Twitter exploded this morning when news came from Awful Announcing as well as other sources that MLB through its wholly owned subsidiary MLBAM is pressuring iTunes to remove some team-related podcasts from their library. The Awful Announcing post specifically mentioned Gleeman and the Geek, Talk to Contact, Mets Musings, Bleacher Nation, It’s About the Yankees, Stupid, and the Rangers podcast by Ted Price on Dallas Sports Network.
Aaron Gemes tweeted other victims of MLB’s latest attempt at censorship.
— Aaron Gernes (@aarongernes) May 7, 2014
Their attempted censorship – and make no mistake that is exactly what is happening – is however very selective so far. There are literally dozens of podcasts around that haven’t been shut down; although still early, who knows what’s coming next.
AA points out that MLBAM has done this before. In 2010, MLBAM issued a cease and desist notice to a podcast called CubsCast, demanding that they immediately stop using the Cubscast.com domain name. They went on to demand the transfer of the domain name to MLBAM. That wasn’t enough for MLBAM, who later notified the owner not to use the name CubsCast period. Former host of the podcast Andrew Figgins, said they had to give in simply because MLBAM had money to fight in court and they did not. Figgins tried to reason with MLBAM and offered to make concessions but MLBAM refused.
Somewhere in the middle of this ordeal we discovered that a major league team besides the Cubs found one of our sister podcast websites. They weren’t happy with the lack of ownership they possessed, which seems to be the genesis of this ordeal. We offered to immediately shut that site down and transfer the domain to MLBAM, but our efforts weren’t good enough. MLBAM wanted everything, including Cubscast.
As noted on our sister site ‘Call to the Pen‘, while there may be a technical violation in a few cases, it makes little to no sense for MLB to do this. Wether or not you understand that MLB and MLBAM care only for fans who are willing to dig deep into their wallets. Everything MLB does is directed at making money for the owners; it is a business after all. It’s understandable when it comes to merchandise – it’s why a jersey that costs $25 to make, sells for $200.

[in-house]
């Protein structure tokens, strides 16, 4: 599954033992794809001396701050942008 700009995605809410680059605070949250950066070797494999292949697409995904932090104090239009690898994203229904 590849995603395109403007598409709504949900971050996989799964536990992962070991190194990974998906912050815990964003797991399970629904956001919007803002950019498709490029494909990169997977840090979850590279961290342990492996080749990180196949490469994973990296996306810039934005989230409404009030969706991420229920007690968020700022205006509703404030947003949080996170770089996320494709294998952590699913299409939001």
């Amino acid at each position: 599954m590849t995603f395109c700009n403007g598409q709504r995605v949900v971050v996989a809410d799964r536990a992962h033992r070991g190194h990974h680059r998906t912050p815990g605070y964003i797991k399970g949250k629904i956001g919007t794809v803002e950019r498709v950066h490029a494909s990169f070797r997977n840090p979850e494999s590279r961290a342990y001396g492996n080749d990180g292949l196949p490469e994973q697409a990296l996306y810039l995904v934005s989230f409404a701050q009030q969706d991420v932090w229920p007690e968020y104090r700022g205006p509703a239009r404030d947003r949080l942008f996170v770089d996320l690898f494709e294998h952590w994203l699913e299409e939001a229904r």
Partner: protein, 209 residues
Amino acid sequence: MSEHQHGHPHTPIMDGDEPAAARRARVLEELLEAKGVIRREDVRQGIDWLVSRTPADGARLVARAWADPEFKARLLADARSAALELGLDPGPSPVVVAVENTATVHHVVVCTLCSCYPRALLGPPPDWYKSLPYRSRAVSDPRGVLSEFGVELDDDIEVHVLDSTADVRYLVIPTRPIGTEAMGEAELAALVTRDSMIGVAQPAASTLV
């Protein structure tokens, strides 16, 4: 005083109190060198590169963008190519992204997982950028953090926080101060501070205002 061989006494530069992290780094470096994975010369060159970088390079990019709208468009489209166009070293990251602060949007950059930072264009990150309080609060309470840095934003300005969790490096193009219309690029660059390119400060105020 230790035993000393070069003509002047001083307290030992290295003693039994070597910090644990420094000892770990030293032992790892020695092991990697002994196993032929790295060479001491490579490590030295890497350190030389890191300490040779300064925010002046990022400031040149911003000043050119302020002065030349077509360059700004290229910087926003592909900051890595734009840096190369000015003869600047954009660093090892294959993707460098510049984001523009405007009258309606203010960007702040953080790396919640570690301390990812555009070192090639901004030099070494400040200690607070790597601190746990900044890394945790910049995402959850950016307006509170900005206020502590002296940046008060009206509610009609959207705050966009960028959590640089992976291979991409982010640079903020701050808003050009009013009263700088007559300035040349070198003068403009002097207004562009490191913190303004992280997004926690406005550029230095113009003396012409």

Broadcast rights of official events and team logos, but it’s just stupidity when it comes to censoring free speech through economic pressure on iTunes. If the podcast doesn’t use the team name or logo, and issues a disclaimer that it is not an official MLB sanctioned broadcast, it’s simply hard to understand what legal grounds they have for such demands. Since most of the podcasts like the late lamented CubsCast are nonprofit or show no profit they don’t have the resources to challenge MLB in the courts. If they can do this to podcasts, can blogs be far behind?
At about 2pm EDT: MLBAM woke up to the fact that they had tripped over it. They contacted Apple and tried to spin it by issueing this statement.
As we have done in the past, yesterday we notified Apple about certain podcasts in the iTunes Store whose titles and/or thumbnails include infringing uses of trademarks of Major League Baseball and certain Clubs. As we have done in the past, we asked Apple to have these trademarks removed from the podcast titles and thumbnails. Although we did not ask for, or seek to have any podcast’s removed from the store, it has come to our attention that Apple removed them. Given our many years of experience in notifying Apple about trademark issues on the store, we trust that removing the podcasts was an oversight, and ask that you please look into this matter as soon as possible.